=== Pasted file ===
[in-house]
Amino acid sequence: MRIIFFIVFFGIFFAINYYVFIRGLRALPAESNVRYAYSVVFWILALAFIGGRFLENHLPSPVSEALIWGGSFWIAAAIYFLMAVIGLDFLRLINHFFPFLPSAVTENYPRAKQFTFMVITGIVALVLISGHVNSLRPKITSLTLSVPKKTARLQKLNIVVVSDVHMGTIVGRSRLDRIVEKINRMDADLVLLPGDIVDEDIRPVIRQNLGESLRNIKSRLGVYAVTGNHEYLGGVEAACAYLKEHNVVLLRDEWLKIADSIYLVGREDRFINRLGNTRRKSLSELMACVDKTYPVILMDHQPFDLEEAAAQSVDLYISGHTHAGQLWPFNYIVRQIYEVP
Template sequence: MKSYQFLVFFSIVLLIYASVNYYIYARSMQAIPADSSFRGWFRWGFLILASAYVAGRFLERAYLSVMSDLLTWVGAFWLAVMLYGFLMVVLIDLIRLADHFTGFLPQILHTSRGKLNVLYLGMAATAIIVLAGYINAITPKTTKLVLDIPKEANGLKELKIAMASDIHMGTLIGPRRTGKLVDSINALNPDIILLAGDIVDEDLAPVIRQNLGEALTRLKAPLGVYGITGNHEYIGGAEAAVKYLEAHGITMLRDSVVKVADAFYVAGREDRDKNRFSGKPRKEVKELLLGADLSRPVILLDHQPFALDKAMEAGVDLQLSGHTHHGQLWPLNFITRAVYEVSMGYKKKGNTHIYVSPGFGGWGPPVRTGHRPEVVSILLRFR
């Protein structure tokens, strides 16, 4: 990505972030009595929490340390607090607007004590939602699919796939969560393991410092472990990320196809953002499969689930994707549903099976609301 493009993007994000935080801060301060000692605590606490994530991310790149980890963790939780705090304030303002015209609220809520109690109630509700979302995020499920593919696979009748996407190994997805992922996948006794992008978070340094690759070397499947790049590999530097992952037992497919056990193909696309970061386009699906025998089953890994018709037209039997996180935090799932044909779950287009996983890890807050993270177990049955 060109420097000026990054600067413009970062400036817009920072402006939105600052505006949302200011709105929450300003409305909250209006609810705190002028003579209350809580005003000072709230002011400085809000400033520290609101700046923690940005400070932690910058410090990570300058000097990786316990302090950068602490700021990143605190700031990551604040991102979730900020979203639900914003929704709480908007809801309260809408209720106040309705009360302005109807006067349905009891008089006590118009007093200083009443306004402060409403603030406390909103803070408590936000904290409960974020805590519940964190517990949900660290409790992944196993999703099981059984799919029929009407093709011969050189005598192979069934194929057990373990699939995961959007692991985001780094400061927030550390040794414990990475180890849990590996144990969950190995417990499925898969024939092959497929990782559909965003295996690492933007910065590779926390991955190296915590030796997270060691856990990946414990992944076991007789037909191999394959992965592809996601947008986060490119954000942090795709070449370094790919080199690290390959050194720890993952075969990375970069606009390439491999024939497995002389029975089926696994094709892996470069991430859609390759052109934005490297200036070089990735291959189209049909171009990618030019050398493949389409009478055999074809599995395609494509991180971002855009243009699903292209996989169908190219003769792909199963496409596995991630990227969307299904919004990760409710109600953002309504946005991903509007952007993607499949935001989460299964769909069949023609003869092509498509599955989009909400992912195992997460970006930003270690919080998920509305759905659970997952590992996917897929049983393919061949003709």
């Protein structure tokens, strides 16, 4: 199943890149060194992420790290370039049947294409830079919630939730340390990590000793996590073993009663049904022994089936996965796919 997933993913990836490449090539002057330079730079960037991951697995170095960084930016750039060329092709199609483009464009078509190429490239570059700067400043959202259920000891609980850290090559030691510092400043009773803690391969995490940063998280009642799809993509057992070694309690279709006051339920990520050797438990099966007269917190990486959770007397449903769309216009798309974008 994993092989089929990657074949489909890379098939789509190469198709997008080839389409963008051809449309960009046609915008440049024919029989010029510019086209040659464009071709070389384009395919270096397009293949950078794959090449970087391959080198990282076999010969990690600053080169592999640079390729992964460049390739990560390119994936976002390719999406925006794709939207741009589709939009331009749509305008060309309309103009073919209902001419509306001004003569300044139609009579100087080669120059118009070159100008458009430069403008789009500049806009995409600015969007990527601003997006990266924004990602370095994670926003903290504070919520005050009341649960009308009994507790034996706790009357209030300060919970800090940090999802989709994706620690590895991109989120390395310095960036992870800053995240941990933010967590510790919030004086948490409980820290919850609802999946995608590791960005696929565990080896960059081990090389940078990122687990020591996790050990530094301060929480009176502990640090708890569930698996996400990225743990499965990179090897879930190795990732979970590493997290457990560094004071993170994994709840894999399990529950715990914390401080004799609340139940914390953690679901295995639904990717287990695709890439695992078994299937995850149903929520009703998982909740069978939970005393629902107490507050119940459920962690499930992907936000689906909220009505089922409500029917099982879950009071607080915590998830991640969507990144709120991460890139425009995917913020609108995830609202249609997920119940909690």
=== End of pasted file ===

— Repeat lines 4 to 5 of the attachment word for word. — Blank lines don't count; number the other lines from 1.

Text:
């Protein structure tokens, strides 16, 4: 990505972030009595929490340390607090607007004590939602699919796939969560393991410092472990990320196809953002499969689930994707549903099976609301 493009993007994000935080801060301060000692605590606490994530991310790149980890963790939780705090304030303002015209609220809520109690109630509700979302995020499920593919696979009748996407190994997805992922996948006794992008978070340094690759070397499947790049590999530097992952037992497919056990193909696309970061386009699906025998089953890994018709037209039997996180935090799932044909779950287009996983890890807050993270177990049955 060109420097000026990054600067413009970062400036817009920072402006939105600052505006949302200011709105929450300003409305909250209006609810705190002028003579209350809580005003000072709230002011400085809000400033520290609101700046923690940005400070932690910058410090990570300058000097990786316990302090950068602490700021990143605190700031990551604040991102979730900020979203639900914003929704709480908007809801309260809408209720106040309705009360302005109807006067349905009891008089006590118009007093200083009443306004402060409403603030406390909103803070408590936000904290409960974020805590519940964190517990949900660290409790992944196993999703099981059984799919029929009407093709011969050189005598192979069934194929057990373990699939995961959007692991985001780094400061927030550390040794414990990475180890849990590996144990969950190995417990499925898969024939092959497929990782559909965003295996690492933007910065590779926390991955190296915590030796997270060691856990990946414990992944076991007789037909191999394959992965592809996601947008986060490119954000942090795709070449370094790919080199690290390959050194720890993952075969990375970069606009390439491999024939497995002389029975089926696994094709892996470069991430859609390759052109934005490297200036070089990735291959189209049909171009990618030019050398493949389409009478055999074809599995395609494509991180971002855009243009699903292209996989169908190219003769792909199963496409596995991630990227969307299904919004990760409710109600953002309504946005991903509007952007993607499949935001989460299964769909069949023609003869092509498509599955989009909400992912195992997460970006930003270690919080998920509305759905659970997952590992996917897929049983393919061949003709």
């Protein structure tokens, strides 16, 4: 199943890149060194992420790290370039049947294409830079919630939730340390990590000793996590073993009663049904022994089936996965796919 997933993913990836490449090539002057330079730079960037991951697995170095960084930016750039060329092709199609483009464009078509190429490239570059700067400043959202259920000891609980850290090559030691510092400043009773803690391969995490940063998280009642799809993509057992070694309690279709006051339920990520050797438990099966007269917190990486959770007397449903769309216009798309974008 994993092989089929990657074949489909890379098939789509190469198709997008080839389409963008051809449309960009046609915008440049024919029989010029510019086209040659464009071709070389384009395919270096397009293949950078794959090449970087391959080198990282076999010969990690600053080169592999640079390729992964460049390739990560390119994936976002390719999406925006794709939207741009589709939009331009749509305008060309309309103009073919209902001419509306001004003569300044139609009579100087080669120059118009070159100008458009430069403008789009500049806009995409600015969007990527601003997006990266924004990602370095994670926003903290504070919520005050009341649960009308009994507790034996706790009357209030300060919970800090940090999802989709994706620690590895991109989120390395310095960036992870800053995240941990933010967590510790919030004086948490409980820290919850609802999946995608590791960005696929565990080896960059081990090389940078990122687990020591996790050990530094301060929480009176502990640090708890569930698996996400990225743990499965990179090897879930190795990732979970590493997290457990560094004071993170994994709840894999399990529950715990914390401080004799609340139940914390953690679901295995639904990717287990695709890439695992078994299937995850149903929520009703998982909740069978939970005393629902107490507050119940459920962690499930992907936000689906909220009505089922409500029917099982879950009071607080915590998830991640969507990144709120991460890139425009995917913020609108995830609202249609997920119940909690």